Weight-loss diets that call for eating protein-rich foods and little else have not been proven to work over the long term and may be bad for your health, the American Heart Association (AHA) says.
"Although these diets may not be harmful for most healthy people for a short period of time, there are no long-term scientific studies to support their overall efficacy and safety," the prominent health group said in a scientific advisory published in its journal, Circulation.
The AHA joins a growing chorus of government and private health officials against fad diets. These experts say the key to shedding pounds for good is to take the weight off slowly and steadily through a combination of sensible eating and physical activity.
Nation on a Diet
Their advice may be a bitter pill to swallow for the millions of Americans battling weight problems. In its report, the AHA said most adult Americans are dieting. Popular in the 1960's, high-protein diets are in vogue again as an alternative to low-fat regimens.
According to government statistics, 55 percent of Americans are overweight or obese, one in five of them children. In the last two decades, obesity among adults has shot up 50 percent. Four of the nation's leading killersheart disease, some cancers, diabetes, and strokeare linked to diet and lack of exercise.
AHA Weighs In
The AHA recommendation was written by six healthcare professionals who are members of the group's nutrition committee. The authors didn't do any new research, but reviewed the current science available. They evaluated five popular high-protein diets, including the Atkins Diet, Sugar Busters and The Zone.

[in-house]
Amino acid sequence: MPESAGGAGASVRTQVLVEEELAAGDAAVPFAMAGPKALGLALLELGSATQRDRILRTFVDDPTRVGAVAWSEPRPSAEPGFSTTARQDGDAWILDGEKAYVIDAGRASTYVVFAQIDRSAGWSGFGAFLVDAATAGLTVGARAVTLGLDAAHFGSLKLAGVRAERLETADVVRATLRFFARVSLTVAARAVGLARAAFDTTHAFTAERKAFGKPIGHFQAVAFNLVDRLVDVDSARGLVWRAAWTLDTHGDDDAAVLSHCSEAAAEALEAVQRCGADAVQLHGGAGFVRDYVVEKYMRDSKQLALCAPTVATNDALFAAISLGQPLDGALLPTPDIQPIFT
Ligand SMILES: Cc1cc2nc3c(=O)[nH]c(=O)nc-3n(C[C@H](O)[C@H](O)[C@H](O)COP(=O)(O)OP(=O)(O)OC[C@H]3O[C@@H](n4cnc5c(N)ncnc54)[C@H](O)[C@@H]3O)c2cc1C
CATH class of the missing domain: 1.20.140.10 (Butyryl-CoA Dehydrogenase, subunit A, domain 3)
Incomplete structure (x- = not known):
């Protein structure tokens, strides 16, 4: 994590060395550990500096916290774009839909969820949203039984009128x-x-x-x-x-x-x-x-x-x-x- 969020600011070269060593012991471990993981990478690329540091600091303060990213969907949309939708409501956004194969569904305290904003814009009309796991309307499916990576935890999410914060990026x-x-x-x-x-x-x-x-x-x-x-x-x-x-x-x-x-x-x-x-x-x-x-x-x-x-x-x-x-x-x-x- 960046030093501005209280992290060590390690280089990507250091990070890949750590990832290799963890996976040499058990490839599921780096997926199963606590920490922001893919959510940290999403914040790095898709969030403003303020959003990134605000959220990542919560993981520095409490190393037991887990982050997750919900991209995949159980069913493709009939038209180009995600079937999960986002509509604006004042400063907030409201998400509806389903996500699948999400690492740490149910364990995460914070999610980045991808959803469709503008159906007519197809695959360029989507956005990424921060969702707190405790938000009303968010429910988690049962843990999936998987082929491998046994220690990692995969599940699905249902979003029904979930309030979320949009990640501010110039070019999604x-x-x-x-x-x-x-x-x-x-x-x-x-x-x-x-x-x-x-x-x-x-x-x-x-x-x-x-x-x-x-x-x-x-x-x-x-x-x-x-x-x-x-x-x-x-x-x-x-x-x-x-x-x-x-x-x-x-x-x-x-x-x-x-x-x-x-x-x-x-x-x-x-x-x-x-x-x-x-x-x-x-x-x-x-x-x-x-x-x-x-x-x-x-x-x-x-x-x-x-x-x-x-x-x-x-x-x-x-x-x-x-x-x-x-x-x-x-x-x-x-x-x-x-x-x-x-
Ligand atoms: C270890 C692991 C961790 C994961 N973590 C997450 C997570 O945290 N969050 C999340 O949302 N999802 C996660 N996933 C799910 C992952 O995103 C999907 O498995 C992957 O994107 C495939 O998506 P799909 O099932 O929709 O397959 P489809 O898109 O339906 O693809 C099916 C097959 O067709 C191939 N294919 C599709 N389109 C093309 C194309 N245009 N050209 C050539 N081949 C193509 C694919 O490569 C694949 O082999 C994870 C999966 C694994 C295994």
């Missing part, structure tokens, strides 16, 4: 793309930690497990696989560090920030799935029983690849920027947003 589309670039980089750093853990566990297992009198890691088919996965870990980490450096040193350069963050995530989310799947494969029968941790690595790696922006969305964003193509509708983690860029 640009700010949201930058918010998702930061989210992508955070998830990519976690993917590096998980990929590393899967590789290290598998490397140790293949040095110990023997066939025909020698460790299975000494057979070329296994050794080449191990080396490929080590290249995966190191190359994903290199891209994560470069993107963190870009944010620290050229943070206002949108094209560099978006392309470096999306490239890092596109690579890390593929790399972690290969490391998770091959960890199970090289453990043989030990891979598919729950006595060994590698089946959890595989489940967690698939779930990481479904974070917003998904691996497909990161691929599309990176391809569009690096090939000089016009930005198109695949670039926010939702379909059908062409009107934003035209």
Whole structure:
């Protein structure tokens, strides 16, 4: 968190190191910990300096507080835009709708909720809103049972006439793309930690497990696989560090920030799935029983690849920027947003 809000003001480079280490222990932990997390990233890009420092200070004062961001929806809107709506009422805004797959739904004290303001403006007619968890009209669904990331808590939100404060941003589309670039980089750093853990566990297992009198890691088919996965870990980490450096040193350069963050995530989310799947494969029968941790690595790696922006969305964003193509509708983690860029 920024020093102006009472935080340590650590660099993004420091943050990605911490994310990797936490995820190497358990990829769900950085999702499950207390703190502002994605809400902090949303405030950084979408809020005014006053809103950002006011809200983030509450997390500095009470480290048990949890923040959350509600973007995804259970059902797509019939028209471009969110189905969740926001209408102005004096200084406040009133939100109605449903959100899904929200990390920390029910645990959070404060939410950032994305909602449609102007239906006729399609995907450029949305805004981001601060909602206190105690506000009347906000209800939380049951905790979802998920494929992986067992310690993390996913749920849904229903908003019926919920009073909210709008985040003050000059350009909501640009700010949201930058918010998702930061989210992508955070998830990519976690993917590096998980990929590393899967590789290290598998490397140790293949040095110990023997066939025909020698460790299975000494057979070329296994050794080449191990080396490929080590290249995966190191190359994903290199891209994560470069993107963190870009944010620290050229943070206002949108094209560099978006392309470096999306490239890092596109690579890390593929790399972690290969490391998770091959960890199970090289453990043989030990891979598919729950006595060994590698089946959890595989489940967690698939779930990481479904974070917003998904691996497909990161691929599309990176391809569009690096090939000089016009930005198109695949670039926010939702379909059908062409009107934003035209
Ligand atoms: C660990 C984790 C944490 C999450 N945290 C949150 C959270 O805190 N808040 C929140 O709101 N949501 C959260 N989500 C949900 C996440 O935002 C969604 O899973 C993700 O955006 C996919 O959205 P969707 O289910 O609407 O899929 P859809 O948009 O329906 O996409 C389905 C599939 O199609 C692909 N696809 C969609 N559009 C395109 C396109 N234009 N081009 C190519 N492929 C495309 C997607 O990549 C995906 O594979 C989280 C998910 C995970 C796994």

Among their conclusions:
- The initial weight loss on high-protein diets is mostly due to the body retaining less fluid when it takes in fewer carbohydrates.
- Most Americans already eat more protein than their bodies need. Extra protein is not used efficiently by the body and may put a burden on the kidneys and liver.
- A very high protein diet is especially risky for people with diabetes, because it can speed the progression of diabetic renal disease.
- High-protein diets may raise the risk of heart disease because of the high intakes of saturated fat and cholesterol.
- High-protein diets that are bereft of fruit, vegetables, beans and whole grains may increase cancer risk and can lead to deficiencies in essential vitamins, minerals and fiber over the long term.
- Osteoporosis and gout are two additional possible health risks from high-protein diets, the AHA said. A surplus of protein in the body increases urinary calcium loss, which may speed up the development of osteoporosis.
Information Tips the Scale
FoodFit has a wealth of information on how to build a balanced, healthy diet. The first stop: the Food Pyramid. The whole family can enjoy this easy-to-use, fun guide to eating. And be sure to take the FoodFit Profile to pinpoint your nutrition strengths and weaknesses.